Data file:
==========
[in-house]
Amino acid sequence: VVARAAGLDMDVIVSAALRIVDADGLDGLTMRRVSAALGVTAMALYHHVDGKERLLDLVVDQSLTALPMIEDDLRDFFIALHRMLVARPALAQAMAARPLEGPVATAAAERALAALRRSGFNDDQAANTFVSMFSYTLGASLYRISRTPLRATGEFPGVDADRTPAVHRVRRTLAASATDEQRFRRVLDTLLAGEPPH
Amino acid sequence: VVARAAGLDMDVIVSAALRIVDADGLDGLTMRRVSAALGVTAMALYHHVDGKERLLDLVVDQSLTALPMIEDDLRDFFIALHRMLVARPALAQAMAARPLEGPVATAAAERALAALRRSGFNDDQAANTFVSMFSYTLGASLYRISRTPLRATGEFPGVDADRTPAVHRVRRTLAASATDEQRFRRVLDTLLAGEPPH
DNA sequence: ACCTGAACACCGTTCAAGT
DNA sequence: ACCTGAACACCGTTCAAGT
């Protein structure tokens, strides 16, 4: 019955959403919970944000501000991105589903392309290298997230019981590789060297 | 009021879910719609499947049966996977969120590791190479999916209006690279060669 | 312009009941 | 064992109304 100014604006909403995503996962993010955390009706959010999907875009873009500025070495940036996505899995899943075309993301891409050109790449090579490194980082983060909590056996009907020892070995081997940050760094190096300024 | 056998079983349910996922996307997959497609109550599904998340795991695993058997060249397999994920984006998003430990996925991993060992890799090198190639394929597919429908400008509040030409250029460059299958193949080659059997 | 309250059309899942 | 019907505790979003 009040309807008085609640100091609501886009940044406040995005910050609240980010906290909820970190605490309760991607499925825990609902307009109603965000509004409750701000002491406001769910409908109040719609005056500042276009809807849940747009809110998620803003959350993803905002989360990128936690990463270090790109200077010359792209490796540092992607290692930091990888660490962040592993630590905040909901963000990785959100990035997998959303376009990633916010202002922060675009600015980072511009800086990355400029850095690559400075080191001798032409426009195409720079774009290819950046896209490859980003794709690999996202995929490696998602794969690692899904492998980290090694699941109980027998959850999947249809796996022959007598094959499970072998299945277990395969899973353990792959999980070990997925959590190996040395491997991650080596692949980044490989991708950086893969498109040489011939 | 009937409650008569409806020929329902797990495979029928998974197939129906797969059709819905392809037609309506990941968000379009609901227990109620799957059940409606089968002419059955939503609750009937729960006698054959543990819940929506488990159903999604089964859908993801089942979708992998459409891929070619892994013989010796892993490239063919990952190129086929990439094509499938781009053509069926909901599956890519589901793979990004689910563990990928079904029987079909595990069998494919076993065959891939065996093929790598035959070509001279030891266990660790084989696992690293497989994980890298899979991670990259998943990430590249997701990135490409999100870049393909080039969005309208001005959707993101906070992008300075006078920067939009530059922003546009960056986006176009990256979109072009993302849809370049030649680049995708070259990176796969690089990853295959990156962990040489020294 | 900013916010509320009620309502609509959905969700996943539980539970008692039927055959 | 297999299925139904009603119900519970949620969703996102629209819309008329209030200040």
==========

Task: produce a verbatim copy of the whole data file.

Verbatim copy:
[in-house]
Amino acid sequence: VVARAAGLDMDVIVSAALRIVDADGLDGLTMRRVSAALGVTAMALYHHVDGKERLLDLVVDQSLTALPMIEDDLRDFFIALHRMLVARPALAQAMAARPLEGPVATAAAERALAALRRSGFNDDQAANTFVSMFSYTLGASLYRISRTPLRATGEFPGVDADRTPAVHRVRRTLAASATDEQRFRRVLDTLLAGEPPH
Amino acid sequence: VVARAAGLDMDVIVSAALRIVDADGLDGLTMRRVSAALGVTAMALYHHVDGKERLLDLVVDQSLTALPMIEDDLRDFFIALHRMLVARPALAQAMAARPLEGPVATAAAERALAALRRSGFNDDQAANTFVSMFSYTLGASLYRISRTPLRATGEFPGVDADRTPAVHRVRRTLAASATDEQRFRRVLDTLLAGEPPH
DNA sequence: ACCTGAACACCGTTCAAGT
DNA sequence: ACCTGAACACCGTTCAAGT
């Protein structure tokens, strides 16, 4: 019955959403919970944000501000991105589903392309290298997230019981590789060297 | 009021879910719609499947049966996977969120590791190479999916209006690279060669 | 312009009941 | 064992109304 100014604006909403995503996962993010955390009706959010999907875009873009500025070495940036996505899995899943075309993301891409050109790449090579490194980082983060909590056996009907020892070995081997940050760094190096300024 | 056998079983349910996922996307997959497609109550599904998340795991695993058997060249397999994920984006998003430990996925991993060992890799090198190639394929597919429908400008509040030409250029460059299958193949080659059997 | 309250059309899942 | 019907505790979003 009040309807008085609640100091609501886009940044406040995005910050609240980010906290909820970190605490309760991607499925825990609902307009109603965000509004409750701000002491406001769910409908109040719609005056500042276009809807849940747009809110998620803003959350993803905002989360990128936690990463270090790109200077010359792209490796540092992607290692930091990888660490962040592993630590905040909901963000990785959100990035997998959303376009990633916010202002922060675009600015980072511009800086990355400029850095690559400075080191001798032409426009195409720079774009290819950046896209490859980003794709690999996202995929490696998602794969690692899904492998980290090694699941109980027998959850999947249809796996022959007598094959499970072998299945277990395969899973353990792959999980070990997925959590190996040395491997991650080596692949980044490989991708950086893969498109040489011939 | 009937409650008569409806020929329902797990495979029928998974197939129906797969059709819905392809037609309506990941968000379009609901227990109620799957059940409606089968002419059955939503609750009937729960006698054959543990819940929506488990159903999604089964859908993801089942979708992998459409891929070619892994013989010796892993490239063919990952190129086929990439094509499938781009053509069926909901599956890519589901793979990004689910563990990928079904029987079909595990069998494919076993065959891939065996093929790598035959070509001279030891266990660790084989696992690293497989994980890298899979991670990259998943990430590249997701990135490409999100870049393909080039969005309208001005959707993101906070992008300075006078920067939009530059922003546009960056986006176009990256979109072009993302849809370049030649680049995708070259990176796969690089990853295959990156962990040489020294 | 900013916010509320009620309502609509959905969700996943539980539970008692039927055959 | 297999299925139904009603119900519970949620969703996102629209819309008329209030200040």